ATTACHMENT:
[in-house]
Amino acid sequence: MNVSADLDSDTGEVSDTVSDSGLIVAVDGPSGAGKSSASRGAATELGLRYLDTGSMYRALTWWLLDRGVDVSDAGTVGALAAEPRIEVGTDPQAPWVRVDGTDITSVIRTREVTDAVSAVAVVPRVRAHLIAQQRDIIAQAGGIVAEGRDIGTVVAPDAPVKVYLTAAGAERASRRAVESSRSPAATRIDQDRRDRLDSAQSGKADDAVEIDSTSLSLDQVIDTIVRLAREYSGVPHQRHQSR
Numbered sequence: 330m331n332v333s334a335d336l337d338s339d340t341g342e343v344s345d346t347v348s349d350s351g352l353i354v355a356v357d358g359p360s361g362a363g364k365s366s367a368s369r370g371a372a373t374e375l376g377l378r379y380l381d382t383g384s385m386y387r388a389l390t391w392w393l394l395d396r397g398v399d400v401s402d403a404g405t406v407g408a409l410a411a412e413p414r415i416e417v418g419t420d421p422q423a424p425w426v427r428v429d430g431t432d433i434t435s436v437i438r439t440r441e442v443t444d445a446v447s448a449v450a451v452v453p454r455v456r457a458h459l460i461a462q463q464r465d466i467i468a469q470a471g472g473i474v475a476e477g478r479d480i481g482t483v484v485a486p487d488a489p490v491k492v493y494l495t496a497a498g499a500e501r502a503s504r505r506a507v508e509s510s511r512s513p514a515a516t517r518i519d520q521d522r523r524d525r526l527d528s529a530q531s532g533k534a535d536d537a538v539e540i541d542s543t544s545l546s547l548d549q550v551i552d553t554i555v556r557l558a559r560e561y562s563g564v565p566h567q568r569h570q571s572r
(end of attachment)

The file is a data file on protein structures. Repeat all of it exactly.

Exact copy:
[in-house]
Amino acid sequence: MNVSADLDSDTGEVSDTVSDSGLIVAVDGPSGAGKSSASRGAATELGLRYLDTGSMYRALTWWLLDRGVDVSDAGTVGALAAEPRIEVGTDPQAPWVRVDGTDITSVIRTREVTDAVSAVAVVPRVRAHLIAQQRDIIAQAGGIVAEGRDIGTVVAPDAPVKVYLTAAGAERASRRAVESSRSPAATRIDQDRRDRLDSAQSGKADDAVEIDSTSLSLDQVIDTIVRLAREYSGVPHQRHQSR
Numbered sequence: 330m331n332v333s334a335d336l337d338s339d340t341g342e343v344s345d346t347v348s349d350s351g352l353i354v355a356v357d358g359p360s361g362a363g364k365s366s367a368s369r370g371a372a373t374e375l376g377l378r379y380l381d382t383g384s385m386y387r388a389l390t391w392w393l394l395d396r397g398v399d400v401s402d403a404g405t406v407g408a409l410a411a412e413p414r415i416e417v418g419t420d421p422q423a424p425w426v427r428v429d430g431t432d433i434t435s436v437i438r439t440r441e442v443t444d445a446v447s448a449v450a451v452v453p454r455v456r457a458h459l460i461a462q463q464r465d466i467i468a469q470a471g472g473i474v475a476e477g478r479d480i481g482t483v484v485a486p487d488a489p490v491k492v493y494l495t496a497a498g499a500e501r502a503s504r505r506a507v508e509s510s511r512s513p514a515a516t517r518i519d520q521d522r523r524d525r526l527d528s529a530q531s532g533k534a535d536d537a538v539e540i541d542s543t544s545l546s547l548d549q550v551i552d553t554i555v556r557l558a559r560e561y562s563g564v565p566h567q568r569h570q571s572r